HIV/AIDS and Africa: The Scourge of Our Generation

Today, all churches are living with and affected by HIV/AIDS.   As God’s grace holds inclusive love for all humanity, we are compelled to work together to stop the spread of the deadly virus.

The human immunodeficiency virus (HIV) that causes acquired immunodeficiency syndrome (AIDS) was discovered in 1981.Since 1981, approximately 60 million people have been infected with HIV/AIDS, and over 20 million have died of AIDS.  As a result of poverty, conflict, violence against women and girls, a lack of appropriate education, high-risk behavior, gender inequality and a number of other socioeconomic factors, people living in the least developed regions, such as many countries in Africa, are most adversely affected by the HIV/AIDS pandemic. Southern Africa has been particularly devastated, where the virus has infected more than one-third of the populations in Botswana and Swaziland, and one-fourth of the population in Lesotho and Zimbabwe. The disease wipes out the most productive sector of society, undermining economic development efforts and exacerbating preexisting problems.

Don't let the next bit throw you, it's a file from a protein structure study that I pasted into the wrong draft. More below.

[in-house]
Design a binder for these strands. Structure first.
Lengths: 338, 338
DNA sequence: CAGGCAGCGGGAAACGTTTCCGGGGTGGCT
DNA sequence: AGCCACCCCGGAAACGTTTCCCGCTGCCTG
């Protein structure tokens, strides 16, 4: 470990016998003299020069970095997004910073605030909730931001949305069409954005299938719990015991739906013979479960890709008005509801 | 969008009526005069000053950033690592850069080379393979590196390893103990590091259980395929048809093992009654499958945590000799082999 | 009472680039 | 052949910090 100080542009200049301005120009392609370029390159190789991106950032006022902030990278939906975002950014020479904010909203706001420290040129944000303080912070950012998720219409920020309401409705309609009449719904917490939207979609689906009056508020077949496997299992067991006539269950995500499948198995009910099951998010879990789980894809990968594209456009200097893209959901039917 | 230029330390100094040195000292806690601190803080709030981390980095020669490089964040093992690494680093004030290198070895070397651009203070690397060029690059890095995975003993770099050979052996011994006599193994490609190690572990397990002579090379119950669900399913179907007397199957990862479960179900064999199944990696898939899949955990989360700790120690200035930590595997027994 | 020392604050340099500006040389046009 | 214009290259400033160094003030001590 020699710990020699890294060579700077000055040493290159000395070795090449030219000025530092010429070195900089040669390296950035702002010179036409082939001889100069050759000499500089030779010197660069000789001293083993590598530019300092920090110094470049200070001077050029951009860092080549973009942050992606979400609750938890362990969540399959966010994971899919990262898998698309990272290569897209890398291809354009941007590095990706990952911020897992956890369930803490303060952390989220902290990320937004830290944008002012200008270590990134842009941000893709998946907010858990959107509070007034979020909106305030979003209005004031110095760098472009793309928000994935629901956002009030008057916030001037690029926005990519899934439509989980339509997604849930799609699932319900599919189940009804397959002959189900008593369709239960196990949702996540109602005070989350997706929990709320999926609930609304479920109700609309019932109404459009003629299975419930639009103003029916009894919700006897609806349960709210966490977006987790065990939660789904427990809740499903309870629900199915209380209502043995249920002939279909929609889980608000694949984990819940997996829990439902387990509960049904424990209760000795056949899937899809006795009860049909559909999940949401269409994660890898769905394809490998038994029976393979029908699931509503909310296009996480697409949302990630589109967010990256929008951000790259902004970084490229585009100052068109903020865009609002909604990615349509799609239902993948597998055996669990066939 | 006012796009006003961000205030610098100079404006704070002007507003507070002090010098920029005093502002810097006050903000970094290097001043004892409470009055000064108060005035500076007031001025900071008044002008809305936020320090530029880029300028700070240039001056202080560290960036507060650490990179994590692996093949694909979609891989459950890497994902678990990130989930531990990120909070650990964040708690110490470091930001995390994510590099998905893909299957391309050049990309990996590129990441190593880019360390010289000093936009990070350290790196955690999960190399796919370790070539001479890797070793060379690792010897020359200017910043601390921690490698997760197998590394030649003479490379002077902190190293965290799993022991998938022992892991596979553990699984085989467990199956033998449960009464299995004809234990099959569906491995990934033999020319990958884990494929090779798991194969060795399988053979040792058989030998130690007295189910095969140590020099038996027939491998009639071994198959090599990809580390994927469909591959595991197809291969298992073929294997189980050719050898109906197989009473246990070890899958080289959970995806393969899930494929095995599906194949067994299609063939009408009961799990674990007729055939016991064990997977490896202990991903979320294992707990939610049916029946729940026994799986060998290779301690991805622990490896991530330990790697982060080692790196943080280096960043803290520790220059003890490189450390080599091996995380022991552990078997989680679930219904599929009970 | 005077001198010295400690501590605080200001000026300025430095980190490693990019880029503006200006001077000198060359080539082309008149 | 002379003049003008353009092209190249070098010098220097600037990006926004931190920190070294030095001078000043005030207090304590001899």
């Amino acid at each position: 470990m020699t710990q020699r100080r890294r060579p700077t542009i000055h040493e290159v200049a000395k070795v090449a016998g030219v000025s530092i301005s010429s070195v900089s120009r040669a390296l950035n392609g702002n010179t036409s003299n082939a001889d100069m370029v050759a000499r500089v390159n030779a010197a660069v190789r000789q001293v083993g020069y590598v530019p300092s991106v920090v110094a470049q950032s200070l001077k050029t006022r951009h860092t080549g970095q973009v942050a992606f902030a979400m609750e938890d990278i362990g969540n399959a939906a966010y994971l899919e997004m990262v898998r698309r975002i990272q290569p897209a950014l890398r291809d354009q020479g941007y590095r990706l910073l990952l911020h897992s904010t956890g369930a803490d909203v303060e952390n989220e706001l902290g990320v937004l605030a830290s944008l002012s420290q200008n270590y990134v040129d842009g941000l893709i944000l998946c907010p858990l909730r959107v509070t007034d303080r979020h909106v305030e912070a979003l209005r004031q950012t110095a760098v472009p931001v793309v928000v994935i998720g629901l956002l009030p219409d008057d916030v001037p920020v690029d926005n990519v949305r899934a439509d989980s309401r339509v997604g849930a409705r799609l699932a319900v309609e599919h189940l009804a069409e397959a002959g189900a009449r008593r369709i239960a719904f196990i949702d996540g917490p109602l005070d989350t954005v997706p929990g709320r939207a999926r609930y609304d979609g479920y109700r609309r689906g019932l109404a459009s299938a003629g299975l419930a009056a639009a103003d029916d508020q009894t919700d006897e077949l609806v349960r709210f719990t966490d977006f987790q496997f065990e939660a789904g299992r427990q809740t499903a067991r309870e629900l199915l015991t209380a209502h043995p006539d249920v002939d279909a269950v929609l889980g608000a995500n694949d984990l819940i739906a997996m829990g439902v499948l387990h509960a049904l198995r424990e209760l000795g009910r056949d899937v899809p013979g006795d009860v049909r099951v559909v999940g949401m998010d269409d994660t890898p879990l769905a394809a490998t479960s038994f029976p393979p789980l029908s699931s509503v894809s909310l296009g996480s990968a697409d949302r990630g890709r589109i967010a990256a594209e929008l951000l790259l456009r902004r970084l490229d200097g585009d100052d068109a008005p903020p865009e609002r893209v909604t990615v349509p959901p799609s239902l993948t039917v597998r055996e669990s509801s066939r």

Two thirds of all people living with the virus are in sub-Saharan Africa, where 77 per cent of all new infections are among women and young girls. In addition, HIV/AIDS has orphaned more than 12 million children in Africa, a number likely to more than double by 2020 if current trends continue.

If more resources are dedicated to research on effective treatments of the virus, coupled with attacking the problems that prevent African countries from developing the capacity to handle the disease effectively, the pandemic can be stopped. As such, efforts to drop international debt, favor poor countries in trade agreements, and encourage good governance are central to the f

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